Disney creative chief John Lasseter details the unique game design of Disney Infinity.
By John Gaudiosi
Disney Interactive is hedging its bets on a brand-new type of interactive experience. The game publisher, which closed the doors of Disney Epic Mickey developer Junction Point Studios, is working with Avalanche Software on a brand-new convergence of toys and video games. Taking a different approach than Activision’s similar and hugely popular Skylanders franchise, Disney Infinity is blending characters from some of its biggest live-action and animated movies into an original experience.
The title’s overall concept was spawned in part from the Toy Story 3 game, which featured a virtual Toy Box. Disney Infinity is taking its “toys” from a variety of the studio’s biggest films including The Incredibles, Monsters, Inc., Cars and Pirates of the Caribbean. The game, available across all platforms on August 18, will allow gamers to explore original adventures through each film universe using collectible action figures and power discs through a Play Set. Gamers will be able to mix and match characters and game worlds in the Toy Box mode. There will be over 40 characters — yes, including Jack Skellington — available at launch with the ability to add new movie characters to the mix on a regular basis.
Disney creative chief John Lasseter, who has worked closely with game developers since the first Toy Story film in 1995, has watched interactive entertainment “catch up” to Hollywood on many levels. In this exclusive interview, he talks about how new technology opened the door for Disney Infinity.
GEEK: Where did the idea for Disney Infinity come from?
Lasseter: It came from this idea that we had in developing the Toy Story 3 game, working with Avalanche Software. They had the idea of doing half of the game like a traditional title, where the gameplay is pretty much parallel to the story that went on in the movie. Then they said, “Why can’t we just create a world where the player can interact with the toys in the way that Andy or Bonnie would be interacting with them and do whatever they want with the toys?” They’d have non-sequitur play, have fun with it and be very creative. We’re excited about that.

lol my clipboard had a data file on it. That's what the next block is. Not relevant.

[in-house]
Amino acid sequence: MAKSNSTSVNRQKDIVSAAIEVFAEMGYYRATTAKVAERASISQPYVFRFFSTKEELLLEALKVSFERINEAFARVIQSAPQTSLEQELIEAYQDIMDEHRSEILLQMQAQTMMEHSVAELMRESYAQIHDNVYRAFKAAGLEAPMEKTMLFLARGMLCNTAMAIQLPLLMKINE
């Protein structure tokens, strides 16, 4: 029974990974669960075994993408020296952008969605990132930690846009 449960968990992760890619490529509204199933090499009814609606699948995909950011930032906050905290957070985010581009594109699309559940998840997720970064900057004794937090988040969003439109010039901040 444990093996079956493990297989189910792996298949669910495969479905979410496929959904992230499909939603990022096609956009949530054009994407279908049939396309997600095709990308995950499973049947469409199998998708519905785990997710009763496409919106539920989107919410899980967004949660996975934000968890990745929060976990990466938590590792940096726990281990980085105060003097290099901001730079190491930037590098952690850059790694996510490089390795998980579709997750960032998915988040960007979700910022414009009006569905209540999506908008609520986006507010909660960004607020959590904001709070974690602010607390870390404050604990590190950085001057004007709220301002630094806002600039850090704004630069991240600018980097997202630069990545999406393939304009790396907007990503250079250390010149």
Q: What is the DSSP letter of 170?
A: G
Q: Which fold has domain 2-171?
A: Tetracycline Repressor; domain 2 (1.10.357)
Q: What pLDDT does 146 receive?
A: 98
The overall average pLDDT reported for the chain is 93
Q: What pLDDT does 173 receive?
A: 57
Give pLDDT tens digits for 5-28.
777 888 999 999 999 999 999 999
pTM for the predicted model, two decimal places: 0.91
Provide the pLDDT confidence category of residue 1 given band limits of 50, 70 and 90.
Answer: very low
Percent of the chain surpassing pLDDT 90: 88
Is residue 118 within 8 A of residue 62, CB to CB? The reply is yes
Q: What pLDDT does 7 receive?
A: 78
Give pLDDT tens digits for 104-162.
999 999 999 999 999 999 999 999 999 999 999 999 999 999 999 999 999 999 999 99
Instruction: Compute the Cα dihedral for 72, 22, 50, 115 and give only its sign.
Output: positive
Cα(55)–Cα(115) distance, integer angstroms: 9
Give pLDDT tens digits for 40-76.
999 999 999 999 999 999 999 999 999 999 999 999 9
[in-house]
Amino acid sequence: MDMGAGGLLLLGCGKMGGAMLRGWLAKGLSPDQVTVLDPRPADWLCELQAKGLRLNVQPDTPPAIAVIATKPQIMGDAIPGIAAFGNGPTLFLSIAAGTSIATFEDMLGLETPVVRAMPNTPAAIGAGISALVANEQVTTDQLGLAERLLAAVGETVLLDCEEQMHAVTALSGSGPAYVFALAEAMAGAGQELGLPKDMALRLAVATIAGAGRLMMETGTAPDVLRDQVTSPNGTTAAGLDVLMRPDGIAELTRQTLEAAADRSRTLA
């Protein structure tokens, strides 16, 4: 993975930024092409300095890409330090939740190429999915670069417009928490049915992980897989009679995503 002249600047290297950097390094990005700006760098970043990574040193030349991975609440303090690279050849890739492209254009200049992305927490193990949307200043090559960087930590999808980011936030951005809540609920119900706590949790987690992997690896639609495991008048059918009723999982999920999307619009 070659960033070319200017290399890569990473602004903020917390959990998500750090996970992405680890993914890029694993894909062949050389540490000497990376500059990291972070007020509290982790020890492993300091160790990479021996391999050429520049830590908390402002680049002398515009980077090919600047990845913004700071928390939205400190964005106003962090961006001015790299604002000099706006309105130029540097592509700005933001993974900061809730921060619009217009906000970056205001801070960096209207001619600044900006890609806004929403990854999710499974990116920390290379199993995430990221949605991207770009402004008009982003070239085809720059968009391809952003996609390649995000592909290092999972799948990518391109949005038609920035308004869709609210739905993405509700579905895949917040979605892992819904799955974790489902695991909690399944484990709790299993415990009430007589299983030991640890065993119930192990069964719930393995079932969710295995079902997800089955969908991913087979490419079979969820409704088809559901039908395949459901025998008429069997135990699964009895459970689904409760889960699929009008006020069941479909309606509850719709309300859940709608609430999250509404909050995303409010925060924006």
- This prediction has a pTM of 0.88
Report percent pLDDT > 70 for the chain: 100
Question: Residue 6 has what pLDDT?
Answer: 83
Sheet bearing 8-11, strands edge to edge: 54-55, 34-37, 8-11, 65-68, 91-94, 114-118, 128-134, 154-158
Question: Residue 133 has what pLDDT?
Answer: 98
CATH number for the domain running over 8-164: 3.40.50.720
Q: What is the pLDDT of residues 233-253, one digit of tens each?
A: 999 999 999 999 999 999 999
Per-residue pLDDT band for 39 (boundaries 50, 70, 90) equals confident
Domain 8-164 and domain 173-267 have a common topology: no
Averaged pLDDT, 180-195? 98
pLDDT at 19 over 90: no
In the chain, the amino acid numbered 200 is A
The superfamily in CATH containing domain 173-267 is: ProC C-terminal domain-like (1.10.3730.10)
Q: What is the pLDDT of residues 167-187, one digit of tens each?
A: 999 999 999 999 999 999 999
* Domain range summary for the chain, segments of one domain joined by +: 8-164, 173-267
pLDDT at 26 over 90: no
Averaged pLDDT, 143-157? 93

In the past, Disney has had rules about mixing characters and worlds, even in games.
I’m usually against taking characters from multiple movies and putting them in the same world, because they’re not from the same world. The Incredibles are not from the same world as Sulley and Monsters Inc., but if they were the toys from The Incredibles and the toys from Monsters Academy and you start playing with them together, that makes sense. I buy it that they can come together that way. That was the foundation of the storytelling and bringing Disney Infinity and all of these characters in the world together. We came up with a design aesthetic that was very beautiful; it was a stylization of the characters. We wanted to bring them together so that you could play in a unique way.
What excites you about the potential for this game?